proven to be effective for various types of mental illness. For example, we know that a form of treatment called “Coping Cat,” utilizes a cognitive behavioral form of treatment that is effective for childhood anxiety, and that effectiveness is improved with the use of certain medications as well. Cognitive behavioral therapy (CBT) targets the way that we negatively interpret or perceive situations, and teaches us to “restructure” those thoughts, leading to different feelings and experiences. We know CBT is helpful because researchers have performed studies comparing patients who get this form of treatment with patients that receive other forms of treatment. Our readers will learn more about all these topics in the volumes ahead. We hope that having more information will help you to combat the stigma that surrounds mental illness, and therefore reduce the length of time it takes a child and family to seek treatment. Our hope is that this series will spark conversation and provide important information for children, parents, and school personnel about the various diagnoses that are most common in childhood and adolescence. With this series, we hope you will understand much more about mental illnesses, what is involved, and what to do to help those who might be suffering like family, friends, or even you.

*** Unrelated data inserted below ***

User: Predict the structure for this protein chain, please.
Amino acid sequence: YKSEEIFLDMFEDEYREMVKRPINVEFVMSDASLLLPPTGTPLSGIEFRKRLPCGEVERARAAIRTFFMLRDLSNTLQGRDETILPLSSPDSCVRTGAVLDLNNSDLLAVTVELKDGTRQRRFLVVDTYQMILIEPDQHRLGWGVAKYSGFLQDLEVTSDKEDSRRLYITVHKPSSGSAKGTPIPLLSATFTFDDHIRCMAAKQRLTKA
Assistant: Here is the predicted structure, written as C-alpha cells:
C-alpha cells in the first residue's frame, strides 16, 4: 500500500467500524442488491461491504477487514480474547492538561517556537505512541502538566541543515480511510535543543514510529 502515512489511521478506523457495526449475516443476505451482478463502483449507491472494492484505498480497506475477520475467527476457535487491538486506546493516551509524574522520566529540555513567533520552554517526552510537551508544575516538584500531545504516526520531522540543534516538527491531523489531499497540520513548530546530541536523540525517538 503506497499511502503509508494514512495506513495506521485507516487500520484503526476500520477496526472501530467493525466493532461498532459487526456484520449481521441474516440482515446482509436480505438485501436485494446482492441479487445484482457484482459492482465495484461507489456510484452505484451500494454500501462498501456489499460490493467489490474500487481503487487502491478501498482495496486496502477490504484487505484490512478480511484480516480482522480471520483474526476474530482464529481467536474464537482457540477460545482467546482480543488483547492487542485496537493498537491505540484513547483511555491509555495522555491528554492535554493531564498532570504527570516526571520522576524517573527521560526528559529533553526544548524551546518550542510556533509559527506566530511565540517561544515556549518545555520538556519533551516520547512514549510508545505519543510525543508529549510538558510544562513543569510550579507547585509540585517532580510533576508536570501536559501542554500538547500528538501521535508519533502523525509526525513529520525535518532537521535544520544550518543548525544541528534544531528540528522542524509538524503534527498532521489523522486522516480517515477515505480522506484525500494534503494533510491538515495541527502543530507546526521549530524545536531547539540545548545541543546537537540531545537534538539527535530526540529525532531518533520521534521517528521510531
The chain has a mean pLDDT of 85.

constructive: something that is beneficial, helpful, insightful, or encouraging irrational: something that is illogical or unfounded, nevertheless very strongly believed multifaceted: complex, multi-layered, very involved and complicated in nature stereotype: a false or misguided label applied to an entire group based on one individual


1 chapter

Introduction to Trauma and Stressor Related Disorders Stress is something all of us have experienced. Stress is simply a part of life and is something many of us do not give much thought to. At its most basic level, stress is the body’s reaction to outside stimuli; as such, it requires an adjustment or response from the mind or the body. The body responds to these changes in stimuli and reacts with physical, mental, and emotional symptoms. A person can experience stress from several sources: environmental (noise or temperature), physical (hunger), or mental (sadness, self-criticism). “The word stress is used in different ways. It can refer to the challenges of everyday life, which do not always cause us problems. But the word is also used for the feeling inside us if we cannot respond to the challenge. The medical term for this is anxiety.” 1 Because stress can come frommany sources, it can take on many forms, so understanding stress can be a challenging undertaking. People have very different ideas with respect to the definition of stress. Probably the most common definition is physical, mental, or emotional strain or tension. Another popular definition of stress is a condition or feeling experienced when a person perceives